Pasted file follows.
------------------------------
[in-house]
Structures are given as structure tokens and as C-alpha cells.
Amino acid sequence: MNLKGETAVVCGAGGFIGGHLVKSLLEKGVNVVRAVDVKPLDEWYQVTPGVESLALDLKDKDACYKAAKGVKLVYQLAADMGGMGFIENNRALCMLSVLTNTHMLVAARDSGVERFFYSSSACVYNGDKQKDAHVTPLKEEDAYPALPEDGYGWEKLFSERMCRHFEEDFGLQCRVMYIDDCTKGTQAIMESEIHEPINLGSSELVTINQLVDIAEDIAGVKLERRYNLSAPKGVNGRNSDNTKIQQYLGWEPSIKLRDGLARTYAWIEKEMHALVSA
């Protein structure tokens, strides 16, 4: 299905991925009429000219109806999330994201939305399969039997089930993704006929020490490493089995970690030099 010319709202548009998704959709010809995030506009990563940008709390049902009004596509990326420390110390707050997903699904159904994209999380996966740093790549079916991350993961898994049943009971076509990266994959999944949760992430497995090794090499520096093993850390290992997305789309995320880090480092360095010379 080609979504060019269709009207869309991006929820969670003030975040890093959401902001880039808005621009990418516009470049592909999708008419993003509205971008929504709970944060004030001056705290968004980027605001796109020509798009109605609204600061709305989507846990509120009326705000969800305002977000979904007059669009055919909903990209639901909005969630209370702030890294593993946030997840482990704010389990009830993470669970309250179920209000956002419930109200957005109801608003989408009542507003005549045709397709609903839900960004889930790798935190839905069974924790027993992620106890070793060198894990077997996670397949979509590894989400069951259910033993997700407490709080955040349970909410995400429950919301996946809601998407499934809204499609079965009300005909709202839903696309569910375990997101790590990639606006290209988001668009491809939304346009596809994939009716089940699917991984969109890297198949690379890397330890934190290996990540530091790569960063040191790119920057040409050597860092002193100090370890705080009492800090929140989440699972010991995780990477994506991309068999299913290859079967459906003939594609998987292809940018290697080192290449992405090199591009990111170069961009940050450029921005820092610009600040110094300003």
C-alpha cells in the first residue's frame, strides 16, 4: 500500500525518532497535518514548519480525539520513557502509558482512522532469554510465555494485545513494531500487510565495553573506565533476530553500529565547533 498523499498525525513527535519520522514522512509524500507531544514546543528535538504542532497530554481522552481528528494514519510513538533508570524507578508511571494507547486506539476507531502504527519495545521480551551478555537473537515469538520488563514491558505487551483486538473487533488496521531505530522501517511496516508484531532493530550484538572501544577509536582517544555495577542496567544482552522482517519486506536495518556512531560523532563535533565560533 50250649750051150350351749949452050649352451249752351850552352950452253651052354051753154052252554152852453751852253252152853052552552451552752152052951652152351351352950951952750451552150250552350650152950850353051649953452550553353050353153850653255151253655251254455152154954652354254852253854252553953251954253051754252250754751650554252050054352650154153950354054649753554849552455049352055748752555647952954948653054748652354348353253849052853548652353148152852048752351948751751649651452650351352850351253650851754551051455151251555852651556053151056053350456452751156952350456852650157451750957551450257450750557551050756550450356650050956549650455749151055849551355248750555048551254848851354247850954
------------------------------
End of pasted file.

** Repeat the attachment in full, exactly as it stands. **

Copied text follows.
[in-house]
Structures are given as structure tokens and as C-alpha cells.
Amino acid sequence: MNLKGETAVVCGAGGFIGGHLVKSLLEKGVNVVRAVDVKPLDEWYQVTPGVESLALDLKDKDACYKAAKGVKLVYQLAADMGGMGFIENNRALCMLSVLTNTHMLVAARDSGVERFFYSSSACVYNGDKQKDAHVTPLKEEDAYPALPEDGYGWEKLFSERMCRHFEEDFGLQCRVMYIDDCTKGTQAIMESEIHEPINLGSSELVTINQLVDIAEDIAGVKLERRYNLSAPKGVNGRNSDNTKIQQYLGWEPSIKLRDGLARTYAWIEKEMHALVSA
């Protein structure tokens, strides 16, 4: 299905991925009429000219109806999330994201939305399969039997089930993704006929020490490493089995970690030099 010319709202548009998704959709010809995030506009990563940008709390049902009004596509990326420390110390707050997903699904159904994209999380996966740093790549079916991350993961898994049943009971076509990266994959999944949760992430497995090794090499520096093993850390290992997305789309995320880090480092360095010379 080609979504060019269709009207869309991006929820969670003030975040890093959401902001880039808005621009990418516009470049592909999708008419993003509205971008929504709970944060004030001056705290968004980027605001796109020509798009109605609204600061709305989507846990509120009326705000969800305002977000979904007059669009055919909903990209639901909005969630209370702030890294593993946030997840482990704010389990009830993470669970309250179920209000956002419930109200957005109801608003989408009542507003005549045709397709609903839900960004889930790798935190839905069974924790027993992620106890070793060198894990077997996670397949979509590894989400069951259910033993997700407490709080955040349970909410995400429950919301996946809601998407499934809204499609079965009300005909709202839903696309569910375990997101790590990639606006290209988001668009491809939304346009596809994939009716089940699917991984969109890297198949690379890397330890934190290996990540530091790569960063040191790119920057040409050597860092002193100090370890705080009492800090929140989440699972010991995780990477994506991309068999299913290859079967459906003939594609998987292809940018290697080192290449992405090199591009990111170069961009940050450029921005820092610009600040110094300003």
C-alpha cells in the first residue's frame, strides 16, 4: 500500500525518532497535518514548519480525539520513557502509558482512522532469554510465555494485545513494531500487510565495553573506565533476530553500529565547533 498523499498525525513527535519520522514522512509524500507531544514546543528535538504542532497530554481522552481528528494514519510513538533508570524507578508511571494507547486506539476507531502504527519495545521480551551478555537473537515469538520488563514491558505487551483486538473487533488496521531505530522501517511496516508484531532493530550484538572501544577509536582517544555495577542496567544482552522482517519486506536495518556512531560523532563535533565560533 50250649750051150350351749949452050649352451249752351850552352950452253651052354051753154052252554152852453751852253252152853052552552451552752152052951652152351351352950951952750451552150250552350650152950850353051649953452550553353050353153850653255151253655251254455152154954652354254852253854252553953251954253051754252250754751650554252050054352650154153950354054649753554849552455049352055748752555647952954948653054748652354348353253849052853548652353148152852048752351948751751649651452650351352850351253650851754551051455151251555852651556053151056053350456452751156952350456852650157451750957551450257450750557551050756550450356650050956549650455749151055849551355248750555048551254848851354247850954